It has been eight months since Ejakait Engineer George William Obityo Owaraga, the Chief of the Ikaribwok Isekielio Clan of the Iteso and King George of Entebbe, my father, rested early morning on 1st November 2020. As his cultural mother, I, Ajakait Esta Norah Alinga Owaraga, who is named after his late mother, Ajakait Joyce Mary Alinga, miss him dearly.
But I delight in the blessing that special moments we shared are beautifully captured in pictures by his namesake, Emmanuel George Owaraga, now my cultural son and de facto the chief.
The ancestral home of late Eng. George William Owaraga in Kadoki in Pallisa, the only tiled house in the vicinity and so it is often the norm when asking for directions to his home, it is enough for one to say something like “direct me to omategula (the tiled house)”.
Moments such as when we welcomed to our ancestral home the wife of the Chief’s third son, Engatunyun, my brother and cultural husband for he is named after our paternal grandfather, the late Ejakait Yosia Engatunyun, Simba the Lion Chief, since rested.
In the background my out-kitchen from whence we emerged followed by the akogo band as we initiated Nikye (centre). Am on her immediate left; and my two aunts (sisters of my father) are on my side (Ija Adekete) and on her side (Ija Agadi).
As my father’s cultural mother, it was my role to take the lead in initiating my sister in-love, Nikye, into the clan taboos of her husband’s clan, our clan.
“This ceremony is known as the smearing ceremony (ainyonyo) and may take place at the time when the new bride is brought by her relatives to her husband’s village on the marriage day.” J.C.D. Lawrence in his book: “The Iteso”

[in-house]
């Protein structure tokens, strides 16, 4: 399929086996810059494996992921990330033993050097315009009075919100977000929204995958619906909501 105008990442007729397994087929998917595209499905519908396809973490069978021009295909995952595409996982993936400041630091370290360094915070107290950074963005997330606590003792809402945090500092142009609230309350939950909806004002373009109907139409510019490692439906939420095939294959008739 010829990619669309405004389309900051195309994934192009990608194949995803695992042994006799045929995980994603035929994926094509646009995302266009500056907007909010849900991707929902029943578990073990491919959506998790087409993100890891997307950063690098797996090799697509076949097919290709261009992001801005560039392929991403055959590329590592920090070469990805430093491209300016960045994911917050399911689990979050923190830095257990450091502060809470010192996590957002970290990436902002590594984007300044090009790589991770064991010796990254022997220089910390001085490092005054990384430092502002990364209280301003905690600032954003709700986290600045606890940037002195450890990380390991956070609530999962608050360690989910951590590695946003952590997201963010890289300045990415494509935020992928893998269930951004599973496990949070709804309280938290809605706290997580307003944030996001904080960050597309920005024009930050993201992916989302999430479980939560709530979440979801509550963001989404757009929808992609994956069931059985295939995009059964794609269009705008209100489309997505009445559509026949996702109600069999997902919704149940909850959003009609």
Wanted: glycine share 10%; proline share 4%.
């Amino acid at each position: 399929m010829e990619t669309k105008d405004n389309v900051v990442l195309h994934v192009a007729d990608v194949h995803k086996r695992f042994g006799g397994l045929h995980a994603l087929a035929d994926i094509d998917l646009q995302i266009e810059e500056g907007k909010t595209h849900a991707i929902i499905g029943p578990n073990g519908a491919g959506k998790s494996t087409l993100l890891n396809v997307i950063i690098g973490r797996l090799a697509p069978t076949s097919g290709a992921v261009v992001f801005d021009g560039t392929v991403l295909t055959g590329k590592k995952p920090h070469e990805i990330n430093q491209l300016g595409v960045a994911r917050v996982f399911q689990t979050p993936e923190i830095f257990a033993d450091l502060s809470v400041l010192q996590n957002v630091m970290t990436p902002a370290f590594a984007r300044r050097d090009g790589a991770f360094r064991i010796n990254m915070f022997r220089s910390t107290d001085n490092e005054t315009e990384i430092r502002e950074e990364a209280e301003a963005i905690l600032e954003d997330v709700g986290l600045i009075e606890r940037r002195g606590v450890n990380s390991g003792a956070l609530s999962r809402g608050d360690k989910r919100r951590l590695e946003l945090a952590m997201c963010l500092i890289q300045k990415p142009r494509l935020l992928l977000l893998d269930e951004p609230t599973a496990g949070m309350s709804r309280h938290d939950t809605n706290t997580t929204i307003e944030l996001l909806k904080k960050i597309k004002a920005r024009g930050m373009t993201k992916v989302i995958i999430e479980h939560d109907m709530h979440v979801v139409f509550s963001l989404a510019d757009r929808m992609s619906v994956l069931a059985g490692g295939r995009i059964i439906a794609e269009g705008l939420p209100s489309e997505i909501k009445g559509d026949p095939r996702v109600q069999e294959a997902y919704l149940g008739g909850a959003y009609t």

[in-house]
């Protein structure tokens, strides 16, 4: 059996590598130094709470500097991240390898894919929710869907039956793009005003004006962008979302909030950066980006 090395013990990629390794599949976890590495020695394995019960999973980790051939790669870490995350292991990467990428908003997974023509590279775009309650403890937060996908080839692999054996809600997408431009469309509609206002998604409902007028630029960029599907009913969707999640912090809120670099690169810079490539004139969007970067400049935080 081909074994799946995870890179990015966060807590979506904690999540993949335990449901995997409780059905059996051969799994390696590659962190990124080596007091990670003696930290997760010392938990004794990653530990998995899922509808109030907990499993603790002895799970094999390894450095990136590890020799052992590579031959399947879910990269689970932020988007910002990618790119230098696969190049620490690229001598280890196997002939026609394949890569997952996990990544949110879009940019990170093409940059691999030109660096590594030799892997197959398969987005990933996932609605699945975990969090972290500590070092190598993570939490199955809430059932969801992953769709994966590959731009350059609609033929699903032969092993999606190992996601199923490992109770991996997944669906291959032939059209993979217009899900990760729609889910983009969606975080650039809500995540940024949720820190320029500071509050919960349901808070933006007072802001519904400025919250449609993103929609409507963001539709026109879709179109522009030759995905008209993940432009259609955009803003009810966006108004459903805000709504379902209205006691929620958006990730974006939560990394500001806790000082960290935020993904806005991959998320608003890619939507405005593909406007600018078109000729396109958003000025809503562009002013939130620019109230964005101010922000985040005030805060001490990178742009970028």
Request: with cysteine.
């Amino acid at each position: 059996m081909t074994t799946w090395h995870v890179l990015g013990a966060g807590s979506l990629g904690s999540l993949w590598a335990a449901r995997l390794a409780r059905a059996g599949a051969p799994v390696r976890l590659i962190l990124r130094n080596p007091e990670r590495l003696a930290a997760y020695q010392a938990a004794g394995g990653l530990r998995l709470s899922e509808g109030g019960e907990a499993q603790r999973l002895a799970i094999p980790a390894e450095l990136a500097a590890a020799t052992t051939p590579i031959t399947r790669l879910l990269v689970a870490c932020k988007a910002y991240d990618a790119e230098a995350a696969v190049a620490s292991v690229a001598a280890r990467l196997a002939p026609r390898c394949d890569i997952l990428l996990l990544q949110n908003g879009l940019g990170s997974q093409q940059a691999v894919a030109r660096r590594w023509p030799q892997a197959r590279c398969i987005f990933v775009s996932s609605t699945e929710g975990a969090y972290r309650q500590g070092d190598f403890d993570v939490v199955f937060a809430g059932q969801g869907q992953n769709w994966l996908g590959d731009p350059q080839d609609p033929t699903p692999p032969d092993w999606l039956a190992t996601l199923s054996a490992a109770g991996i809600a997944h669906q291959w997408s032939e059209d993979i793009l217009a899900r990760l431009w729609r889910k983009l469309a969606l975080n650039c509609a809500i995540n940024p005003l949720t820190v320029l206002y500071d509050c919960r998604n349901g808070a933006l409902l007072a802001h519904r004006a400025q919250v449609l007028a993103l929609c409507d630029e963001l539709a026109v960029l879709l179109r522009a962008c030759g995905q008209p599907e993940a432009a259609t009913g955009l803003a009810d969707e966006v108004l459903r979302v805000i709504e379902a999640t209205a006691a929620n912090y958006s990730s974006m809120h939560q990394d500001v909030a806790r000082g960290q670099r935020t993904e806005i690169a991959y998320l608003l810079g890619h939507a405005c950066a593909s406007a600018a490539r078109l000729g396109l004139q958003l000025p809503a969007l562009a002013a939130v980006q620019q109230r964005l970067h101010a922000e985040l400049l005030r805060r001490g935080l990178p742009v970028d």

Ours did not happen as per Iteso scheduling, it was delayed because my brother and his family live abroad; and so it was only possible when they had the opportunity to come home for the first time after they were married.
At my homestead which is within my father’s ancestral home (as you can see my house which I inherited from my late grandmother is in the background), Nikye kneels to serve her father-in-love some tea, under the supervision of my father’s younger sister, Ija Agadi; and as the band’s man with base akogo plays loudest.
Nikye may think that I was a bit much, but, in reality, my substitutions and innovations for her ainyonyo ceremony were to her advantage. After all, if I had done it the Teso way, she would have:
“Been seated at the door of her husband’s house on the skin of an ox, which must have been slaughtered, with her legs stretched straight in front and holding a child in her arms. She would have been smeared with ghee by her mother-in-law and the older women of her husbands family. In the ghee are mixed shavings of esaas sticks. Esaas sticks are usually rough at first but become smooth with constant use and shaving.”
Nikye receives a live chicken from her husband for her to slaughter and cook for her father-in-love his first meal cooked by her.
And there is more, but am sure you get the gist of things cultural taboos.
As part of Nikye’s initiation, led by her father-in-love, we took her to our family burial grounds in the compound of our late grandfather, the father of her father-in-love. As you can see, our late father made sure his late father’s homestead lived on, complete with that magnificent tin-roofed-house of the chief still standing!
These photos, herein, have truly made my day.
As I write this blog post, I am in a celebratory mood and, in fact, I am singing and swaying, remembering the tunes we were dancing to that day from a live akogo (Iteso thumb piano) band.
With my Ija Mangada Akia, the eldest sister of my late father, she who baby-sat him, and she is still alive!
Ayiiiiiiiiiiiiiiiiyi …. emuria koliai!
The profiled photo is of papa, the late Ejakait Owaraga, sitting on his late father’s grave during Nikye’s ainyonyo ceremony.